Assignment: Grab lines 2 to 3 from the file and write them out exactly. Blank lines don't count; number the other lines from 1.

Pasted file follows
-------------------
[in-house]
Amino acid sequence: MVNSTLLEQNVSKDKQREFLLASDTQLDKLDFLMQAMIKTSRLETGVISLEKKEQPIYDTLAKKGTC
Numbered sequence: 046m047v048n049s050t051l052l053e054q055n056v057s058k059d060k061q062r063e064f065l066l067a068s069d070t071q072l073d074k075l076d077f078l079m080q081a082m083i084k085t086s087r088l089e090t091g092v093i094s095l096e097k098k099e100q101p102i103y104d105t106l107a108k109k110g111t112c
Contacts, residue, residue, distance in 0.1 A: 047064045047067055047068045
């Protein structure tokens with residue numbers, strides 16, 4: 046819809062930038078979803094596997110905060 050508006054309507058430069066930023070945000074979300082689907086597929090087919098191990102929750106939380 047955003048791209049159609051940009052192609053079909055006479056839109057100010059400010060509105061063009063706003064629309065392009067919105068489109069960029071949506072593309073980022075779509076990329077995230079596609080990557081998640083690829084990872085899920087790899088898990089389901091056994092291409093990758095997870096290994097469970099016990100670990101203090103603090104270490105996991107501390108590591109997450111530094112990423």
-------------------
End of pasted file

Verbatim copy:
Amino acid sequence: MVNSTLLEQNVSKDKQREFLLASDTQLDKLDFLMQAMIKTSRLETGVISLEKKEQPIYDTLAKKGTC
Numbered sequence: 046m047v048n049s050t051l052l053e054q055n056v057s058k059d060k061q062r063e064f065l066l067a068s069d070t071q072l073d074k075l076d077f078l079m080q081a082m083i084k085t086s087r088l089e090t091g092v093i094s095l096e097k098k099e100q101p102i103y104d105t106l107a108k109k110g111t112c